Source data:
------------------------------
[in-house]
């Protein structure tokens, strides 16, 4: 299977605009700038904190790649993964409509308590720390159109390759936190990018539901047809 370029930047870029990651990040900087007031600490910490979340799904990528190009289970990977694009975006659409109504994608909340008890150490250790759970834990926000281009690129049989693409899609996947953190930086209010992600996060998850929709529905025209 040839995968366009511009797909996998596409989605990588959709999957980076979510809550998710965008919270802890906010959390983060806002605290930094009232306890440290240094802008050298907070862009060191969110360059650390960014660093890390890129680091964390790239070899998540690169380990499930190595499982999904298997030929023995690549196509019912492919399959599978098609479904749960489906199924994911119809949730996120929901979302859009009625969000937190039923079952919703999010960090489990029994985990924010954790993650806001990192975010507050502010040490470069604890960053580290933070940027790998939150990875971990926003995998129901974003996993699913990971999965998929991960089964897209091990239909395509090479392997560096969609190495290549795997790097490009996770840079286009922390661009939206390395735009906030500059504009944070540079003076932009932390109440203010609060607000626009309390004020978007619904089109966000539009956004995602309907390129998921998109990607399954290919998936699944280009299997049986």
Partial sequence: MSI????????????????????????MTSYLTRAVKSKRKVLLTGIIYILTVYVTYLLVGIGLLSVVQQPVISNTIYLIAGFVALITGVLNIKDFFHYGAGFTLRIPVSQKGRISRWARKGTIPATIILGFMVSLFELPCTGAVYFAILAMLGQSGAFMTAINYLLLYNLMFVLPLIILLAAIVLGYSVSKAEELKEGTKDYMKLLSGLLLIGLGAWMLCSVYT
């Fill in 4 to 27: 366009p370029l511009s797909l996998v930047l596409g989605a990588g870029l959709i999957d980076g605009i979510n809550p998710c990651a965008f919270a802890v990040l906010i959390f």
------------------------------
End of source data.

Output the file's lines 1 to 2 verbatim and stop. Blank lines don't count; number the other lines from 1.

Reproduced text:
[in-house]
């Protein structure tokens, strides 16, 4: 299977605009700038904190790649993964409509308590720390159109390759936190990018539901047809 370029930047870029990651990040900087007031600490910490979340799904990528190009289970990977694009975006659409109504994608909340008890150490250790759970834990926000281009690129049989693409899609996947953190930086209010992600996060998850929709529905025209 040839995968366009511009797909996998596409989605990588959709999957980076979510809550998710965008919270802890906010959390983060806002605290930094009232306890440290240094802008050298907070862009060191969110360059650390960014660093890390890129680091964390790239070899998540690169380990499930190595499982999904298997030929023995690549196509019912492919399959599978098609479904749960489906199924994911119809949730996120929901979302859009009625969000937190039923079952919703999010960090489990029994985990924010954790993650806001990192975010507050502010040490470069604890960053580290933070940027790998939150990875971990926003995998129901974003996993699913990971999965998929991960089964897209091990239909395509090479392997560096969609190495290549795997790097490009996770840079286009922390661009939206390395735009906030500059504009944070540079003076932009932390109440203010609060607000626009309390004020978007619904089109966000539009956004995602309907390129998921998109990607399954290919998936699944280009299997049986």